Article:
Re-Gen Waste congratulates Armagh City, Banbridge and Craigavon Council on Green Bin decision

Elected Council members voted unanimously in favour of extending the green recycling bin service to every household across the Borough, following an overwhelming response to a public consultation carried out last summer, on the preferred option for introducing a fully harmonised kerbside recycling service.

According to Joseph Doherty, Managing Director of Re-Gen Waste; “Convenience, simplicity, education and value for money, are key to increasing council recycling rates. Householders want one recycling bin for convenience, they don’t want to struggle with cracked boxes, missing lids, litter and mess.”

He also advises ratepayers in Council areas throughout the UK, who are unhappy with their waste collection system, to play an active role in the decision-making process and persevere until they are satisfied, they have been listened to.

Back in March 2019, a Northern Ireland wide recycling poll, commissioned by Re-Gen, revealed that 35% of householders in Armagh rated bins being too small as the biggest issue they had with their collection service.

Of those who only recycled when convenient for them, 38% said they would recycle more if they had one bin for all mixed dry recycling and of those who complained, 72% had asked for their recycling capacity to be doubled.

These survey results were backed up by a public consultation commissioned by Armagh City, Banbridge and Craigavon Council throughout July and August 2020, where 85% of 9,563 residents who completed the survey, opted for the green bin, which takes all mixed dry recycling. There are c.80,000 households in the ABC Council area, so this sample size was a significant indicator of opinion.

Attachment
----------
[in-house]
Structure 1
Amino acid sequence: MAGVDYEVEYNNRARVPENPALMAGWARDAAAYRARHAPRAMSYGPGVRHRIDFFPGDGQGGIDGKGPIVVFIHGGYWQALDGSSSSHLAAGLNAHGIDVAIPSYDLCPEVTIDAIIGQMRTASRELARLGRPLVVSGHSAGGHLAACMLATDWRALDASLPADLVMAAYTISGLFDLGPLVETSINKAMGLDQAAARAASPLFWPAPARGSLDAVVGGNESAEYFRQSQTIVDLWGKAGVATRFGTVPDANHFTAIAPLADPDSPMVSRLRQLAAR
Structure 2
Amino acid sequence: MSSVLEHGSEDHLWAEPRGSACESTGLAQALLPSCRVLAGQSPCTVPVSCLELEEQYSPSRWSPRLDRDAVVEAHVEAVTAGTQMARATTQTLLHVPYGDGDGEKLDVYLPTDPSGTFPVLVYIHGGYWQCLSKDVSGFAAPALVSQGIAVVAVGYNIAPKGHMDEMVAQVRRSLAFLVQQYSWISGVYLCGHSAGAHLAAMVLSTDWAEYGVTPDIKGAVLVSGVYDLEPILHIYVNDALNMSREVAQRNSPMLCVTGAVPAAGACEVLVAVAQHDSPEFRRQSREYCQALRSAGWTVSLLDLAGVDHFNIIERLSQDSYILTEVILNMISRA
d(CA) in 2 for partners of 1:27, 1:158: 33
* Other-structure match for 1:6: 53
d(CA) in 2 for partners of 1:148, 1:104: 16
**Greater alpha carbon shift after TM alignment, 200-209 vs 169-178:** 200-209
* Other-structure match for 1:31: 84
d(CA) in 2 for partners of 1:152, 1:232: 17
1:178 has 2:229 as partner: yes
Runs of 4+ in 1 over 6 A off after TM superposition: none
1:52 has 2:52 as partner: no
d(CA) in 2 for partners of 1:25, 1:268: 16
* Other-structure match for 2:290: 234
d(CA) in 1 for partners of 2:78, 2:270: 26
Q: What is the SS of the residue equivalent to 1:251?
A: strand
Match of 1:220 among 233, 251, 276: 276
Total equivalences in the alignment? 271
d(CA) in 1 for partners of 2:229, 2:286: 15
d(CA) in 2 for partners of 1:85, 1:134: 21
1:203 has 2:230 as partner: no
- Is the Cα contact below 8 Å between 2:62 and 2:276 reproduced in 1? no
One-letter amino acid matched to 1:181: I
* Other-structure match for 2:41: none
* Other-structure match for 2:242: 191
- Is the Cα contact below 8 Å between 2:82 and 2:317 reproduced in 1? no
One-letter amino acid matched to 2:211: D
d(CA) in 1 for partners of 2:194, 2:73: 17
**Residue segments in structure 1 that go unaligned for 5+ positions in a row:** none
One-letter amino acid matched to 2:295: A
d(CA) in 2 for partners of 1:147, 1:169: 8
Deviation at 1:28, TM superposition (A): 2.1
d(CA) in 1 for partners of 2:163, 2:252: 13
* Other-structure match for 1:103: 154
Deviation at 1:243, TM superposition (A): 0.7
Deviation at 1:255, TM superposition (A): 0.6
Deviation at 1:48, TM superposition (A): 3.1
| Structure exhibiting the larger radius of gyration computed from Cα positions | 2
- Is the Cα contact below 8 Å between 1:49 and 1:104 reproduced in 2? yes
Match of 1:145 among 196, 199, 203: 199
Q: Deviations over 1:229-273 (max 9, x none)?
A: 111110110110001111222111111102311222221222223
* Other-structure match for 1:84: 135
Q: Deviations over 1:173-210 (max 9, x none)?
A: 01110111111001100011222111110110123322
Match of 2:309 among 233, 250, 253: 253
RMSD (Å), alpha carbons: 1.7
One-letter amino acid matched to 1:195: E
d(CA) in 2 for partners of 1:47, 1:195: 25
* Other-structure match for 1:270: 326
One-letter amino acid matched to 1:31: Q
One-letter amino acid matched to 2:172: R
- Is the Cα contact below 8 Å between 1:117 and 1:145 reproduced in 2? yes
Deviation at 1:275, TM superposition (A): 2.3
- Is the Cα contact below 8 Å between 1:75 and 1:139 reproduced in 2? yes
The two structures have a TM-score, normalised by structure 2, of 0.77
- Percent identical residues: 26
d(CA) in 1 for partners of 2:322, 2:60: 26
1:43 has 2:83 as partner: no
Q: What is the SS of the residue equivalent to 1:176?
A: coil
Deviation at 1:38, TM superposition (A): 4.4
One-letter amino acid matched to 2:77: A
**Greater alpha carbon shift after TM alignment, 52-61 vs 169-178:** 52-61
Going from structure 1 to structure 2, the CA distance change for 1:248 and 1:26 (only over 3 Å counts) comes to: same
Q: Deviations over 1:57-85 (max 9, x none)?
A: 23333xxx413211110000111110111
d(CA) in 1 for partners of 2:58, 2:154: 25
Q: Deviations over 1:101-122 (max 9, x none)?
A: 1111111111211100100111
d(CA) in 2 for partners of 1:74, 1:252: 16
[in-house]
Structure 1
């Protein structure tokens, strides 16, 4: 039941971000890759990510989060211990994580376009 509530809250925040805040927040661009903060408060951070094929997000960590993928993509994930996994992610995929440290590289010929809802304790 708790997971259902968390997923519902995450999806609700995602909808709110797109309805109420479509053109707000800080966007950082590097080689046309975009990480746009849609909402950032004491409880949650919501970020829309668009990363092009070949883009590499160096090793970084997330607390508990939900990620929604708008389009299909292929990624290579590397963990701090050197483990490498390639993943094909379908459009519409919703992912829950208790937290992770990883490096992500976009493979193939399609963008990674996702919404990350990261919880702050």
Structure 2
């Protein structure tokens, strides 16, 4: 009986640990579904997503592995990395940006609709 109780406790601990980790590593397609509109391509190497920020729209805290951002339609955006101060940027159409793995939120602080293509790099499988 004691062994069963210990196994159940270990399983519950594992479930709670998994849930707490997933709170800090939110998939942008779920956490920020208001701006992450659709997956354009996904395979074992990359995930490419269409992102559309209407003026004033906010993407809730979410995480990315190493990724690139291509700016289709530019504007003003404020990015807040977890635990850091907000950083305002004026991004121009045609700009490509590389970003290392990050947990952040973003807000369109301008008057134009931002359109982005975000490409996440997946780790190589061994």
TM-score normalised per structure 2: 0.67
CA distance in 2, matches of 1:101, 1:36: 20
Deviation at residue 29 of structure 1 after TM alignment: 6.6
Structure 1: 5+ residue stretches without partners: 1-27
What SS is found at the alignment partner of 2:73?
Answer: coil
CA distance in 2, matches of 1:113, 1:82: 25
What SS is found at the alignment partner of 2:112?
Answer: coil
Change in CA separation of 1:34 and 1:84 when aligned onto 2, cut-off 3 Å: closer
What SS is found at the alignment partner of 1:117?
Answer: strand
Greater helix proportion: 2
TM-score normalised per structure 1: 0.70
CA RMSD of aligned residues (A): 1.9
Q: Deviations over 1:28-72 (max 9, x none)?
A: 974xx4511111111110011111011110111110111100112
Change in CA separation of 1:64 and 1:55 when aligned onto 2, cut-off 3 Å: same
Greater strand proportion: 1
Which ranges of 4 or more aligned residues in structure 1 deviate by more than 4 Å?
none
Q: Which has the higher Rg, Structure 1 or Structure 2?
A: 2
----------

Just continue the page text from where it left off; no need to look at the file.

Mr Doherty said: “The surveys indicate that prioritising simplicity and convenience is the best approach to ensuring a high participation level in household recycling, which can be achieved with commingling in one recycling bin.

“Household friendly commingling schemes are more preferable to residents than pre-sort box schemes and Councils working with well invested MRF’s that continue to update their processing ability through changes in technology, are able to meet the highest levels of recycling quality standards and are actively improving their recycling rates.

“The quality standards that can be achieved with automated sorting plants and artificial intelligence, ensure recovered materials are of a high quality, suitable for local manufacturers, such as Huhtamaki and UK manufacturing sectors,” he said.

The top five Councils with the highest household dry recycling rates in Northern Ireland (DAERA LAC Municipal Waste Report (2018/19), use a commingled service including glass. They also have the highest landfill diversion rates, which Joseph says; “is great news for ABC Council, their ratepayers and the environment.

“It takes six times longer to collect and sort at the kerbside, so using a commingled collection service is the most efficient waste collection system for Local Authorities and is the biggest cost saver for them.

“A box system is inflexible and too costly to react to operational issues and future material changes, as experienced during the Covid-19 Pandemic. The commingled bin system continued with no impact to the householder, whereas temporary collection measures were introduced to the kerbside box sort system, to reduce direct handling of materials by staff.

“Householders could only recycle one material per box, per week, so they chose what material they would recycle and subsequently, the remainder of their recyclable waste went to the black bin. All of these changes had to be communicated to householders, which undoubtedly led to a lot of confusion and storage issues.”

He also pointed to the fact that if the EPR and DRS schemes are introduced in 2023, some of the pre-sort box scheme systems would become obsolete anyway. “If around 20 per cent of recyclates will be diverted from the residual waste collection and treatment/disposal, Councils with pre-sort boxes would lose most revenue and a lot of value, from drinks containers being diverted from recycling,” he said.